Minimize tools and distractions

Marketers often use multiple communication tools, such as Asana, Basecamp, or Trello for project management; Slack, Stride, or Microsoft Teams for chat and collaboration; and Gmail, Outlook, or Office 365 for email. You can keep distractions from all those tools in check by forwarding all notifications to one application (say, email) and setting your preferences to notify you only of the most important messages.

Embrace the 3Ds

Email threads lend themselves more naturally to keeping conversations organized, while chat is unstructured and more meandering, making it easier for things to fall through the cracks. In both types of communication, however, I'm a big fan of the 3Ds: Do it, delegate it, or delete it—period. A ruthless adherence to that principle will help keep your messages and priorities in check.

Make rules, and stick to them

Keeping up with every message and alert as it comes in can be overwhelming. Instead, implement some rules and resist the urge to reply immediately. For chat, turn off group notifications, and for email, consider adding rules that move messages from VIPs into a separate folder so you can focus on those important messages first.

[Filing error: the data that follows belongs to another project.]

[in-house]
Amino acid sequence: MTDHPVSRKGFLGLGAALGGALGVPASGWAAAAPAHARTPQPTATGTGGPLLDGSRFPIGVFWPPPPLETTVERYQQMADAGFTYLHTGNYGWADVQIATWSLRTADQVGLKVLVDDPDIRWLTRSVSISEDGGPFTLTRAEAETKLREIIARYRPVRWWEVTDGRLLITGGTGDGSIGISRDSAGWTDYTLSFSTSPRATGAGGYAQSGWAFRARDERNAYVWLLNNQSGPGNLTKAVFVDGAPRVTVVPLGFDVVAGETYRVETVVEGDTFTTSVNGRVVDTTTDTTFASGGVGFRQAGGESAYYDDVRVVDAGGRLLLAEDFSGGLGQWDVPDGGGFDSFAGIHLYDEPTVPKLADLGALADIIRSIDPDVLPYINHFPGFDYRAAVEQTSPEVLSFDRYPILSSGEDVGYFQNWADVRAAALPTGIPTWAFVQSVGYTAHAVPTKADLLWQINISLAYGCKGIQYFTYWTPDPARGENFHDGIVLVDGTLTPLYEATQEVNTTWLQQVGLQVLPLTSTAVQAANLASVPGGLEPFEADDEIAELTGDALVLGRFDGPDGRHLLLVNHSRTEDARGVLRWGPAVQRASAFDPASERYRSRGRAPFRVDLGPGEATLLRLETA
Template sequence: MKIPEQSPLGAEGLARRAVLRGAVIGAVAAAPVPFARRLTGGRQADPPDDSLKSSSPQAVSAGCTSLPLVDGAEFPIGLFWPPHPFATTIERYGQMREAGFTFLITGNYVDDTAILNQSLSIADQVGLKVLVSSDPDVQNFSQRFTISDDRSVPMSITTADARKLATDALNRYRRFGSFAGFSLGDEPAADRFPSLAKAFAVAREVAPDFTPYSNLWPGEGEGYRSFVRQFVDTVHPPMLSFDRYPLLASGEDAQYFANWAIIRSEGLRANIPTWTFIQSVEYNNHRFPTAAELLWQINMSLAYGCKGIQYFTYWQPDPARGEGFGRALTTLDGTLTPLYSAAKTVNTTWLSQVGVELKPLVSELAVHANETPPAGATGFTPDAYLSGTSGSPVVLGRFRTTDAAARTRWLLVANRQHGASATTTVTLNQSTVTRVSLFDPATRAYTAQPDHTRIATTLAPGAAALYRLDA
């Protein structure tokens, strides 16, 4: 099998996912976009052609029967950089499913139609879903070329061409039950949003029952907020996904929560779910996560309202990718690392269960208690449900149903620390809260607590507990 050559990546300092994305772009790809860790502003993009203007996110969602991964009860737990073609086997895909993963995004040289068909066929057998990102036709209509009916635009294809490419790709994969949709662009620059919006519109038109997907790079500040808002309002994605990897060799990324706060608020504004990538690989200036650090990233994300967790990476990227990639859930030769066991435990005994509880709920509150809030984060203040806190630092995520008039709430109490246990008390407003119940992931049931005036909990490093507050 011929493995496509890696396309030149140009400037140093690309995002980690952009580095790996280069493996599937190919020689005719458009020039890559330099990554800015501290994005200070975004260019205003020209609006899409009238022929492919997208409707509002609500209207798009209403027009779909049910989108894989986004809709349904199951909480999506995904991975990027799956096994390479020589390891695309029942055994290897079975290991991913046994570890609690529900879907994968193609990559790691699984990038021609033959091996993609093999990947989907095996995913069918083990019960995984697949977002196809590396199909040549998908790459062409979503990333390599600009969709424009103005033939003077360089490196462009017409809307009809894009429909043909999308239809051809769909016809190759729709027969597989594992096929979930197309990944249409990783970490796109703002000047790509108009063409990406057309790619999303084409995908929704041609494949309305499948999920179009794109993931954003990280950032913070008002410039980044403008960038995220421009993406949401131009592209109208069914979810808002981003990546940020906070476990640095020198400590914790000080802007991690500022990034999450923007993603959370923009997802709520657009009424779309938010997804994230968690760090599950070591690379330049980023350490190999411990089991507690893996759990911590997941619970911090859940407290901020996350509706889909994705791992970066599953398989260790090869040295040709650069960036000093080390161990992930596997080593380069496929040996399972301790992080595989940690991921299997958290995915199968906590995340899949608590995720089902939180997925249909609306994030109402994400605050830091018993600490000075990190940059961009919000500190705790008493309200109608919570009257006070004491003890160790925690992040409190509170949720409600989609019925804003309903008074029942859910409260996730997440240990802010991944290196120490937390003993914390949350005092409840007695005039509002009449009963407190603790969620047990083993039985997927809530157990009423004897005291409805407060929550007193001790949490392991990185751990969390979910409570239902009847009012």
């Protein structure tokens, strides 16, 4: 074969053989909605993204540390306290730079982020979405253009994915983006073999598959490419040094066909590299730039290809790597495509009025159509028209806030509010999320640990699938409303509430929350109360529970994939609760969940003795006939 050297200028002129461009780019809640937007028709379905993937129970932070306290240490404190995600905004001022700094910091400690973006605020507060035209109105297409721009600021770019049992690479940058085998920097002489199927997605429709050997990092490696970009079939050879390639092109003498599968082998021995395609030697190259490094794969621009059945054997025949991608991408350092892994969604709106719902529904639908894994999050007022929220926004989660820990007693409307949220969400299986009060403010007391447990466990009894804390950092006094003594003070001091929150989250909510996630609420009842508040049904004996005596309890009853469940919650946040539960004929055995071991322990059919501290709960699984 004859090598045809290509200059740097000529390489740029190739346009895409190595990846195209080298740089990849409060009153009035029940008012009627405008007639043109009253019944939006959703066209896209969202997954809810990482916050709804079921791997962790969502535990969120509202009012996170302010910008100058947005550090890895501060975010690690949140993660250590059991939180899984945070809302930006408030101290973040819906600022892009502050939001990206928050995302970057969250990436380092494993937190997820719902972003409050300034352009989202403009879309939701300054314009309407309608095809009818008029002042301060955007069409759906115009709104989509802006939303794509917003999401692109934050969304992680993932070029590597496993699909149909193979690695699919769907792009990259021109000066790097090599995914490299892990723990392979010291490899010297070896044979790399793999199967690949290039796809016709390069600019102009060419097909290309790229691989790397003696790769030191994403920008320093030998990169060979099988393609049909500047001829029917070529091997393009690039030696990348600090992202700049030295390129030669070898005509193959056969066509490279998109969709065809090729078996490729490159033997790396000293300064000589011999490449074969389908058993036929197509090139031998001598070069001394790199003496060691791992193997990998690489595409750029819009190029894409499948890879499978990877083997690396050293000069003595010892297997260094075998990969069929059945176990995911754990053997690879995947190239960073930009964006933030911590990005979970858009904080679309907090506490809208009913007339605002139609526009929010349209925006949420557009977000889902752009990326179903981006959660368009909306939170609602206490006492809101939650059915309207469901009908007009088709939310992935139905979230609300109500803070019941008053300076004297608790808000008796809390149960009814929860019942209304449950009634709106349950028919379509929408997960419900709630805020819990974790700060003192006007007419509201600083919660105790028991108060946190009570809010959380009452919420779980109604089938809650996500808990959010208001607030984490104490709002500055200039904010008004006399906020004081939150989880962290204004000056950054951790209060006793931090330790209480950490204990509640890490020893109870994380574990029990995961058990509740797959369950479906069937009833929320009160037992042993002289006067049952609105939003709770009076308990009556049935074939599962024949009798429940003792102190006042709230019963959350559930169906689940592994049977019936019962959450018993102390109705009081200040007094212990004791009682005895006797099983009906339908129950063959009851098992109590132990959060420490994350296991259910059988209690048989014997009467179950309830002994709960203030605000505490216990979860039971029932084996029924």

* * *

Does all this sound like a lot of work? It can be. But when you consider the time you can get back and the reduced drain on your productivity, isn't it all worth it?

To learn more about tools that can help you automate these techniques, check out

Subscribe's free!

MarketingProfs provides thousands of marketing resources, entirely free!

Simply subscribe to our newsletter and get instant access to how-to articles, guides, webinars and more for nada, nothing, zip, zilch, on the house...delivered right to your inbox! MarketingProfs is the largest marketing community in the world, and we are here to help you be a better marketer.

Already a member? Sign in now.

Sign in with your preferred account, below.


image of Umuse

Umuse is on a mission to tame communication chaos in the workplace. A personal communication platform for the enterprise, Unmuse combines the power and flexibility of email with the speed and intimacy of chat, prioritized into one Facebook-like message feed. Founded in 2016 and headquartered in Austin, Texas, Umuse is backed by Shasta Ventures, Next Coast Ventures, and Floodgate Capital.